April 22, 2004 is a day of heroes. Today we commemorate those heroes by bringing their names forward yet again.
It was on that fateful day that America lost two of it’s many incredible warriors – United States Marine Corps Corporal Jason Dunham and United States Army Ranger Pat Tillman.
Dunham, seemingly destined to be a Marine since being born on November 10, 1981 – the Marine Corps 206th birthday, would perform one of the war’s truly selfless sacrifices and be posthumously awarded the Congressional Medal of Honor. As Wikipedia explains it:
On April 14, 2004, the battalion commander’s convoy came under attack near Husaybah, Iraq, and 4th Platoon was dispatched on patrol to investigate. Dunham and his squad intercepted a number of cars spotted near the scene of the attack, which the patrol detained to search for weapons. When the squad approached a white Toyota Land Cruiser and discovered AK-47s, the driver exited and attacked the Marines in an attempt to flee. Dunham responded by closing in for hand-to-hand combat to subdue him. During the fighting, the individual dropped an armed Mills 36M hand grenade.
Dunham, to save the rest of his men, deliberately threw himself on the grenade, attempting to use his PASGT helmet to shield himself and others from the explosion, warning the others to “watch his hands.” Dunham, the insurgent, and two other Marines nearby were all wounded by grenade fragments. Although the enemy fighter recovered sufficiently to flee the scene, he was shot dead while trying to escape.
Corporal Dunham was severely wounded by the grenade blast, and was immediately evacuated. Within days, he arrived at National Naval Medical Center in Bethesda, Maryland in a coma, where he was being treated for his injuries. After being diagnosed with brain damage and deemed unlikely to recover, he was taken off of life support eight days later, on April 22, 2004. Shortly beforehand, Commandant of the Marine Corps Michael Hagee presented Dunham with the Purple Heart. Dunham’s parents were at his bedside when he died. He was buried in Fairlawn Cemetery in Scio.
Since his death, the United States Navy has named an Arleigh-Burke Class destroyer in his honor, and Dunham’s memory is kept alive through the active involvement of his family with the ship and his uniform, which is always on display aboard the quarterdeck.
Tillman’s path to the elite Army Ranger’s couldn’t have been more different. A standout football player at Arizona State University, he would go on to become defensive star for his hometown Arizona Cardinals.
Following the attacks of 9/11, Tillman walked away from professional football and a 3.6 million dollar contract from the St. Louis Rams to enlist in the United States Army with brother, Kevin.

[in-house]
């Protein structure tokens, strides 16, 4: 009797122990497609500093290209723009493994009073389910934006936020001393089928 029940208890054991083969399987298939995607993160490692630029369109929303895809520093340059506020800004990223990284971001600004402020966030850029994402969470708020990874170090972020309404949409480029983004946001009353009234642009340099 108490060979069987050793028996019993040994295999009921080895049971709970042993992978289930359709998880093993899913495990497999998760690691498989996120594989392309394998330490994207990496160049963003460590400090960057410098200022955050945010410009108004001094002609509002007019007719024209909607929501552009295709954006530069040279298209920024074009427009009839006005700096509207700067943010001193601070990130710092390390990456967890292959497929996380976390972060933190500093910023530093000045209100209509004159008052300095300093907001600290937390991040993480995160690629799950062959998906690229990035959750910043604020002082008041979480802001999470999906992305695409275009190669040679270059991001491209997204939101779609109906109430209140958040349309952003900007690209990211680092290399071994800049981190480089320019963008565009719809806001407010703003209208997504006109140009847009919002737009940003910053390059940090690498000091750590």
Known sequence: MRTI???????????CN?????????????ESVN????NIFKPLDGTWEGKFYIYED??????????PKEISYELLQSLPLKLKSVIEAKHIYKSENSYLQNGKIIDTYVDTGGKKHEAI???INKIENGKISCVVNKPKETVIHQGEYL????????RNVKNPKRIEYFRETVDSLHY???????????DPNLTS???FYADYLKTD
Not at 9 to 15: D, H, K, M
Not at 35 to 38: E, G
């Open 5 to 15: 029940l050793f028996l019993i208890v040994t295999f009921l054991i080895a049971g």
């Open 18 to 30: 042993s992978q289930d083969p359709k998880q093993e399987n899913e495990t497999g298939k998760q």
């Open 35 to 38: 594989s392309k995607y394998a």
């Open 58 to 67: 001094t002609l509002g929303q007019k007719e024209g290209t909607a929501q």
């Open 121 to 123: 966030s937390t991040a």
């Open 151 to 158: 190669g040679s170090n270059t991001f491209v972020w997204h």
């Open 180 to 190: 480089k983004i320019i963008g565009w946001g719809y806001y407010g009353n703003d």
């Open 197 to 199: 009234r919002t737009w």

The two would go on to serve together until Pat’s tragic death from friendly fire on April 22, 2004. A post on the 75th Ranger Regiment’s facebook page reads:
Honoring our fallen hero:
CPL. PATRICK D. TILLMAN
Killed in action on April 22, 2004
Operation Enduring Freedom
Cpl. Patrick D. Tillman was born in California on Nov. 6, 1976.
In the prime of a stellar football career, which included four years at Arizona State University on athletic scholarship and four years as a defensive back with the National Football League’s Arizona Cardinals, Pat Tillman walked away from a multiyear, multimillion dollar football contract to serve his country as a Soldier in the U.S. Army.
Tillman volunteered for duty with the Army in May 2002, requesting to serve as a member of the 75th Ranger Regiment — the U.S. military’s premier light infantry fighting force.
After entering the Army in July 2002, he completed One Station Unit Training in the military occupational specialty of infantryman at Fort Benning, Ga. Tillman continued his military training at Fort Benning when he attended the Basic Airborne Course in October 2002. After earning his jump wings, he then graduated from the Ranger Indoctrination Program in December 2002.
On Jan. 14, 2003, he was assigned to Company A, 2nd Battalion, 75th Ranger Regiment at Fort Lewis, Wash. He went on to graduate from the U.S. Army Ranger Course in November 2003.
His brother, Spc. Kevin M. Tillman, who played professional baseball for a Cleveland Indians minor league team, also joined the Army on a Ranger contract in 2002. After completing the same training path as Pat, Kevin was also assigned to 2nd Bn., 75th Ranger Regt.
The Tillmans both deployed several times with their Ranger battalion in support of the Global War on Terrorism and participated in combat operations in Afghanistan and Iraq.
On April 22, 2004, Pat Tillman was fatally wounded when his Ranger unit came under fire during combat operations in southeastern Afghanistan. After he was medically evacuated from the scene, he was pronounced dead by U.S. officials at approximately 11:45 a.m. Eastern Standard Time.
He is survived by his wife, Marie, of San Jose, Calif.; his parents, Patrick K. and Mary L. Tillman, also of California; and his brothers, Kevin and Richard.
His awards and decorations include the Silver Star, the Purple Heart, the Meritorious Service Medal, the Army Achievement Medal, the National Defense Service Medal, the Global War on Terrorism Expeditionary Medal, the Global War on Terrorism Service Medal, the Army Service Ribbon, the Combat Infantryman Badge, the Parachutist Badge and the Ranger Tab.
As a Ranger, Cpl. Pat Tillman distinguished himself as a member of the Army’s premier light infantry unit, traveled to all corners of the world in support of the Global War on Terrorism and fought valiantly to “uphold the prestige, honor, and high ‘esprit de corps’” of the Ranger Regiment.
– RANGERS LEAD THE WAY! –